This Boy's Life recounts the details of Wolff's life from age ten, when he and his mother traveled from Florida to Utah, through age eighteen, when he enlisted in the Army. The memoir offers a humorous and affectionate portrayal of Wolff's often difficult childhood experiences, such as his attempts at forming a relationship with Dwight, his abusive and domineering stepfather. One of the major recurring themes throughout This Boy's Life involves the difficulty young men face as they struggle to establish their masculine identities. This Boy's Life is often compared to The Duke of Deception, the acclaimed adolescent memoir of Wolff's brother, Geoffrey. In Pharaoh's Army: Memories of the Lost War, a continuation of Wolff's memoirs, describes the one-year tour of duty Wolff spent in the Mekong Delta village of My Tho, Vietnam. Divided into thirteen “episodes,” In Pharaoh's Army focuses primarily on Wolff's internal development rather than his experiences in military battles. Although Wolff never specifically addresses the atrocity and carnage he witnessed in Vietnam, he does make several allusions to the violence of warfare in his almost mundane stories of life in the Army. Wolff portrays himself as an immature young man in the beginning of the memoir, asserting that his experiences in Vietnam allowed him to grow and find direction in life. The Night in Question (1996) collects fifteen short stories that follow characters searching for the hidden meanings behind their day-to-day lives. In “The Chain,” a man seeking revenge after a dog attacks his daughter gratefully accepts a friend's offer to kill the animal. “The Other Miller” describes a boy whose plan to punish his mother by joining the Army proves futile. “Mortals” centers around a man who, eager to know what his friends say about him, sends his own obituary to the local newspaper. The other stories variously follow a book critic who is shot and killed while standing in line at the bank, a young woman who visits her father after his nervous breakdown, and a devoted sister struggling with her brother's obsession with endlessly reciting a biblical sermon. In addition to his own short fiction, Wolff has edited several short story collections, including The Picador Book of Contemporary American Stories (1993), The Vintage Book of Contemporary American Short Stories (1994), Best New American Voices 2000 (2000), and Writers Harvest 3 (2000).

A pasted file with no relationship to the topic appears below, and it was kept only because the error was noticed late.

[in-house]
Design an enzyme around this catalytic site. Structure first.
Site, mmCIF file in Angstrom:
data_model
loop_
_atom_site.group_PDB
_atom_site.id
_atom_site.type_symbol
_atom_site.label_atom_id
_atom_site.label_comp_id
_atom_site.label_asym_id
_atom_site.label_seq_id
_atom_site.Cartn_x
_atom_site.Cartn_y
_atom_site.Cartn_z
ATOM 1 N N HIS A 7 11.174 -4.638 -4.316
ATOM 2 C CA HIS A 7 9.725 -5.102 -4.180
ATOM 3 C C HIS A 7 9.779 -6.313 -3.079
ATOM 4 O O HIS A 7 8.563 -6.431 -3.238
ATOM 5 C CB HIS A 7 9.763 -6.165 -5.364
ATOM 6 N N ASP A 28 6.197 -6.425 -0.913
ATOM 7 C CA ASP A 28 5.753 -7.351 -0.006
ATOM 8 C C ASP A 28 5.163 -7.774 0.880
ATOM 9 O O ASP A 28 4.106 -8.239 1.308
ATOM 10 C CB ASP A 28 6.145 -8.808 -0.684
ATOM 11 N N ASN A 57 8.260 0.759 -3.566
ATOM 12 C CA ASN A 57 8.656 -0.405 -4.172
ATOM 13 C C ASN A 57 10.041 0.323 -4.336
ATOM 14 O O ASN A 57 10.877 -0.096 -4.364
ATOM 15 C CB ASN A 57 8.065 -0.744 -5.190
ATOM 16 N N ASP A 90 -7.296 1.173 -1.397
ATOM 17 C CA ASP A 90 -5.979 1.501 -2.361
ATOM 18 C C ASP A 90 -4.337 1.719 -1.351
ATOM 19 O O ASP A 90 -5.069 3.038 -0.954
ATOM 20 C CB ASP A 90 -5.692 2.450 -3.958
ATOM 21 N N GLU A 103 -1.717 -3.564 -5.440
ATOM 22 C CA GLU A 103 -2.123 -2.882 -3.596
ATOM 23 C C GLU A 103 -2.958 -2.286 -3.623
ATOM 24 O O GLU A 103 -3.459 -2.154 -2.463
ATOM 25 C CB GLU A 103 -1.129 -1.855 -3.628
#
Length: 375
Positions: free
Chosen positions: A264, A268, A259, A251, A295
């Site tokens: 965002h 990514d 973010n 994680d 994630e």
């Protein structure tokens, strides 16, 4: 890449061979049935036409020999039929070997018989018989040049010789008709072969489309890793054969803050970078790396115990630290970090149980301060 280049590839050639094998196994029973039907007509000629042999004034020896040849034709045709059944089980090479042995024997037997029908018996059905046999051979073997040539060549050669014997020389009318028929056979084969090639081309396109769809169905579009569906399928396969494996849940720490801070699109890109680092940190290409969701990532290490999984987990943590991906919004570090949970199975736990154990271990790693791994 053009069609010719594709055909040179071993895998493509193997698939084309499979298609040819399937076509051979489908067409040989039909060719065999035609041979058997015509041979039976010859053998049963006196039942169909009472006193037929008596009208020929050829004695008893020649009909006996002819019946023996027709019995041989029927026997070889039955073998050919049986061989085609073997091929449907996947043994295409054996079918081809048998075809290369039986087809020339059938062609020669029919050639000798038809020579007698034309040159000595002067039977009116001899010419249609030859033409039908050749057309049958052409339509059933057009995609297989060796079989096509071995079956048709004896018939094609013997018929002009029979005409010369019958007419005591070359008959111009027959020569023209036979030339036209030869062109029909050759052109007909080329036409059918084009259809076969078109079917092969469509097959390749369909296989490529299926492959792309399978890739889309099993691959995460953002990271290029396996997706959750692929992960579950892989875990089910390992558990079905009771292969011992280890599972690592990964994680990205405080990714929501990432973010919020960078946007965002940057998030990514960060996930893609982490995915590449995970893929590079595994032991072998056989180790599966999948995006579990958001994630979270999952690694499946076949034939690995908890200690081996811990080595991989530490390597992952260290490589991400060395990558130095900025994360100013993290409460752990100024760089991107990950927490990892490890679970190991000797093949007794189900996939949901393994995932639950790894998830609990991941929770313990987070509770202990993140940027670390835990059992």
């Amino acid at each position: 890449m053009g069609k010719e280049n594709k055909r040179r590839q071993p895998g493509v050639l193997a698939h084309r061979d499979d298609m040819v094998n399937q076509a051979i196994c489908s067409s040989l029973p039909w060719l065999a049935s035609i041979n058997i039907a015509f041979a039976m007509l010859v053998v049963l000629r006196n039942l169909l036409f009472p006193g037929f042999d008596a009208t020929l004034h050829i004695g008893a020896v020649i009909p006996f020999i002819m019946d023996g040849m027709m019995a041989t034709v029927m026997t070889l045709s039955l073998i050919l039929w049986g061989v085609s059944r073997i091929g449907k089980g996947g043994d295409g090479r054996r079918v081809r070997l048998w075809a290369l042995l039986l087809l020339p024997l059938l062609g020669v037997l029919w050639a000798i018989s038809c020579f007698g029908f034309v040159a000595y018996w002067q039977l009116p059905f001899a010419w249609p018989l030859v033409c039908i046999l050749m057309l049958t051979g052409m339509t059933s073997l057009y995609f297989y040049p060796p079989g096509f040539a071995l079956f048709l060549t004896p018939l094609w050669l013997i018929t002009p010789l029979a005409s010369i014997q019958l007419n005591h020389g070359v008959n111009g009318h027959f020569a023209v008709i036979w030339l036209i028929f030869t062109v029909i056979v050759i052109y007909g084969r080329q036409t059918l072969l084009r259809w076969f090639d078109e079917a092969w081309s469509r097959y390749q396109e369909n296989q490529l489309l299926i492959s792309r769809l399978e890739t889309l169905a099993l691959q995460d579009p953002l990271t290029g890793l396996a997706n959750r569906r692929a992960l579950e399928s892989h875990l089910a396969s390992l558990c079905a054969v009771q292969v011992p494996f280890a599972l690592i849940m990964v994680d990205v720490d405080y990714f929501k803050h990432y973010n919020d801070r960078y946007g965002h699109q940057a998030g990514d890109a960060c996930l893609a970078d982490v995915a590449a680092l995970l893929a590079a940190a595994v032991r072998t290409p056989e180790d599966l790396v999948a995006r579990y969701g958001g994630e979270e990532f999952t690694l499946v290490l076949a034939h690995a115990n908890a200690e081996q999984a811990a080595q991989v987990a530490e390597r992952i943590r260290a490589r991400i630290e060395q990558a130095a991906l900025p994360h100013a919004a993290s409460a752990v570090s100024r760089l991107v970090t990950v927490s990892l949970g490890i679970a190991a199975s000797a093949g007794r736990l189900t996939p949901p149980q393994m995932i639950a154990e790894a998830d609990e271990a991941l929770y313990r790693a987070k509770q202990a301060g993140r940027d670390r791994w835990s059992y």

Although Ugly Rumours has received largely unfavorable reviews since its original publication, Wolff's subsequent works have garnered a great deal of critical acclaim. Reviewers have praised his inclusion of idiosyncratic, naturalistic details as well as his insight into the lives of a diverse range of characters. Many critics have commended the stories in In the Garden of the North American Martyrs for the wealth of metaphorical meaning behind Wolff's simple and natural language. Richard Orodenker and Welch D. Everman have noted that, “[Wolff's] stories' complex levels of meaning are covered by a delicate veneer. His metaphors reach deep into the imagination.” His award-winning The Barracks Thief has been lauded for its realism and tolerance, particularly Wolff's refusal to moralize or pass judgment on his characters. However, some reviewers have faulted Wolff's short fiction as gimmicky and have argued that he often neglects to resolve his overly-complex plots. Although his fiction has occasionally received mixed reviews, Wolff's memoirs have attracted almost universal acclaim. This Boy's Life and In Pharaoh's Army have been consistently praised for their humor, insight, and emotional depth, with critics commending Wolff's ability to affectionately portray the hardships of youth. Jeff Danziger has stated that, “Few authors have reported their early years, wasted, halcyon, or otherwise, with the same suspense, longing, loathing, and glorious humor. The writing [in This Boy's Life] is clear and merciless, and the chapters are as fluid and perfect as anything I've read in years.”